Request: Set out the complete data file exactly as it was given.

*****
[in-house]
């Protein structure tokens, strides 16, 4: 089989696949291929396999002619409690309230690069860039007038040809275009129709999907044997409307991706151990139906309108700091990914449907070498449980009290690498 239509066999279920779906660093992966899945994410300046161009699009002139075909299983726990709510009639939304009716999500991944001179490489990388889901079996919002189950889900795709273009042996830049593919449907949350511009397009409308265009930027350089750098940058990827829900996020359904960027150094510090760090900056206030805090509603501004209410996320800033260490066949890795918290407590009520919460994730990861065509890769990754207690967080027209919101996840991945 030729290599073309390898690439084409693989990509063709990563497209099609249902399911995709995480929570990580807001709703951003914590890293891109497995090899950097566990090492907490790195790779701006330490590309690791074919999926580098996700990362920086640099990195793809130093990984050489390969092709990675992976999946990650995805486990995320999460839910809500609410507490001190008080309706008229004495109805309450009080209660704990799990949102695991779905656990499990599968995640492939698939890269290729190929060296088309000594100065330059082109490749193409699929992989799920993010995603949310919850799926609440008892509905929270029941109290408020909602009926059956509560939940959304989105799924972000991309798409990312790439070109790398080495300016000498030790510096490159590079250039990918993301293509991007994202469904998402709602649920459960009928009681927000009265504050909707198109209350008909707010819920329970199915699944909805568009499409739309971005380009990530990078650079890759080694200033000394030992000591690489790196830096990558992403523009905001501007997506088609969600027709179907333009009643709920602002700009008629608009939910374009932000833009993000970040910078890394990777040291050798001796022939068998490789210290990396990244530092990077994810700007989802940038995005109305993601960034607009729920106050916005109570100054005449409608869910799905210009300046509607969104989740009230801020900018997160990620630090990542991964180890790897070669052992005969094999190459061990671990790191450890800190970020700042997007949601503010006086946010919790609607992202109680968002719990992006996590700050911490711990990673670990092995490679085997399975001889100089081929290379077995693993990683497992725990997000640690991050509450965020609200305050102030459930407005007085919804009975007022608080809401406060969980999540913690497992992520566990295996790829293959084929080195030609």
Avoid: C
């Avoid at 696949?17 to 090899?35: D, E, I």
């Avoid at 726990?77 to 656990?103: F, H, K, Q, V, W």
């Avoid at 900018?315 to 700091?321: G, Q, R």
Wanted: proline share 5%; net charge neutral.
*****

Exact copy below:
[in-house]
């Protein structure tokens, strides 16, 4: 089989696949291929396999002619409690309230690069860039007038040809275009129709999907044997409307991706151990139906309108700091990914449907070498449980009290690498 239509066999279920779906660093992966899945994410300046161009699009002139075909299983726990709510009639939304009716999500991944001179490489990388889901079996919002189950889900795709273009042996830049593919449907949350511009397009409308265009930027350089750098940058990827829900996020359904960027150094510090760090900056206030805090509603501004209410996320800033260490066949890795918290407590009520919460994730990861065509890769990754207690967080027209919101996840991945 030729290599073309390898690439084409693989990509063709990563497209099609249902399911995709995480929570990580807001709703951003914590890293891109497995090899950097566990090492907490790195790779701006330490590309690791074919999926580098996700990362920086640099990195793809130093990984050489390969092709990675992976999946990650995805486990995320999460839910809500609410507490001190008080309706008229004495109805309450009080209660704990799990949102695991779905656990499990599968995640492939698939890269290729190929060296088309000594100065330059082109490749193409699929992989799920993010995603949310919850799926609440008892509905929270029941109290408020909602009926059956509560939940959304989105799924972000991309798409990312790439070109790398080495300016000498030790510096490159590079250039990918993301293509991007994202469904998402709602649920459960009928009681927000009265504050909707198109209350008909707010819920329970199915699944909805568009499409739309971005380009990530990078650079890759080694200033000394030992000591690489790196830096990558992403523009905001501007997506088609969600027709179907333009009643709920602002700009008629608009939910374009932000833009993000970040910078890394990777040291050798001796022939068998490789210290990396990244530092990077994810700007989802940038995005109305993601960034607009729920106050916005109570100054005449409608869910799905210009300046509607969104989740009230801020900018997160990620630090990542991964180890790897070669052992005969094999190459061990671990790191450890800190970020700042997007949601503010006086946010919790609607992202109680968002719990992006996590700050911490711990990673670990092995490679085997399975001889100089081929290379077995693993990683497992725990997000640690991050509450965020609200305050102030459930407005007085919804009975007022608080809401406060969980999540913690497992992520566990295996790829293959084929080195030609």
Avoid: C
């Avoid at 696949?17 to 090899?35: D, E, I």
């Avoid at 726990?77 to 656990?103: F, H, K, Q, V, W």
């Avoid at 900018?315 to 700091?321: G, Q, R």
Wanted: proline share 5%; net charge neutral.